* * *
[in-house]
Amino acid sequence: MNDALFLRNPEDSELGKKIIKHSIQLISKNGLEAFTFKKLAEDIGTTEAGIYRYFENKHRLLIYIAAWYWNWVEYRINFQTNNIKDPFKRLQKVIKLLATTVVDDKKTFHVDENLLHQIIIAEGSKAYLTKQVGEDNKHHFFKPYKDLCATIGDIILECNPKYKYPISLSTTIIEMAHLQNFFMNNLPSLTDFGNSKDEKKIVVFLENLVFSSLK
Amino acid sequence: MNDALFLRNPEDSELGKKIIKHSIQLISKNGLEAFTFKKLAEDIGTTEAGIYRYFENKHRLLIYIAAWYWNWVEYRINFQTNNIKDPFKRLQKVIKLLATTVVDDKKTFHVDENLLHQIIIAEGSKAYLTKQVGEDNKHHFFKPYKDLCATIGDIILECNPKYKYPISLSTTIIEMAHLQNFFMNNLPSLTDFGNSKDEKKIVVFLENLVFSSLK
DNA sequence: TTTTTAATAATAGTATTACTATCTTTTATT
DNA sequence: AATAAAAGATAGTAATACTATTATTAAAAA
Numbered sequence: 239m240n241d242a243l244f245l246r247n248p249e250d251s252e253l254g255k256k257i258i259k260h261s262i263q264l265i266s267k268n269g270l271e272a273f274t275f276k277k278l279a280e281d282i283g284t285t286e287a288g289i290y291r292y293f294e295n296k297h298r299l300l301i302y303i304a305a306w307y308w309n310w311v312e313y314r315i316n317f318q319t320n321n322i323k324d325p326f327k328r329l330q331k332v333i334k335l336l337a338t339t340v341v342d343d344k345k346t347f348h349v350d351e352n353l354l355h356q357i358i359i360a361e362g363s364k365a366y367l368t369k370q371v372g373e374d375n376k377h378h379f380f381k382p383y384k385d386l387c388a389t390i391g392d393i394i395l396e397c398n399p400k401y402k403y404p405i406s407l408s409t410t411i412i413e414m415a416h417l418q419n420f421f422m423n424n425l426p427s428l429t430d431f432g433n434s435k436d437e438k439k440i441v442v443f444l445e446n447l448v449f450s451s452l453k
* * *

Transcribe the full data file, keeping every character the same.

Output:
[in-house]
Amino acid sequence: MNDALFLRNPEDSELGKKIIKHSIQLISKNGLEAFTFKKLAEDIGTTEAGIYRYFENKHRLLIYIAAWYWNWVEYRINFQTNNIKDPFKRLQKVIKLLATTVVDDKKTFHVDENLLHQIIIAEGSKAYLTKQVGEDNKHHFFKPYKDLCATIGDIILECNPKYKYPISLSTTIIEMAHLQNFFMNNLPSLTDFGNSKDEKKIVVFLENLVFSSLK
Amino acid sequence: MNDALFLRNPEDSELGKKIIKHSIQLISKNGLEAFTFKKLAEDIGTTEAGIYRYFENKHRLLIYIAAWYWNWVEYRINFQTNNIKDPFKRLQKVIKLLATTVVDDKKTFHVDENLLHQIIIAEGSKAYLTKQVGEDNKHHFFKPYKDLCATIGDIILECNPKYKYPISLSTTIIEMAHLQNFFMNNLPSLTDFGNSKDEKKIVVFLENLVFSSLK
DNA sequence: TTTTTAATAATAGTATTACTATCTTTTATT
DNA sequence: AATAAAAGATAGTAATACTATTATTAAAAA
Numbered sequence: 239m240n241d242a243l244f245l246r247n248p249e250d251s252e253l254g255k256k257i258i259k260h261s262i263q264l265i266s267k268n269g270l271e272a273f274t275f276k277k278l279a280e281d282i283g284t285t286e287a288g289i290y291r292y293f294e295n296k297h298r299l300l301i302y303i304a305a306w307y308w309n310w311v312e313y314r315i316n317f318q319t320n321n322i323k324d325p326f327k328r329l330q331k332v333i334k335l336l337a338t339t340v341v342d343d344k345k346t347f348h349v350d351e352n353l354l355h356q357i358i359i360a361e362g363s364k365a366y367l368t369k370q371v372g373e374d375n376k377h378h379f380f381k382p383y384k385d386l387c388a389t390i391g392d393i394i395l396e397c398n399p400k401y402k403y404p405i406s407l408s409t410t411i412i413e414m415a416h417l418q419n420f421f422m423n424n425l426p427s428l429t430d431f432g433n434s435k436d437e438k439k440i441v442v443f444l445e446n447l448v449f450s451s452l453k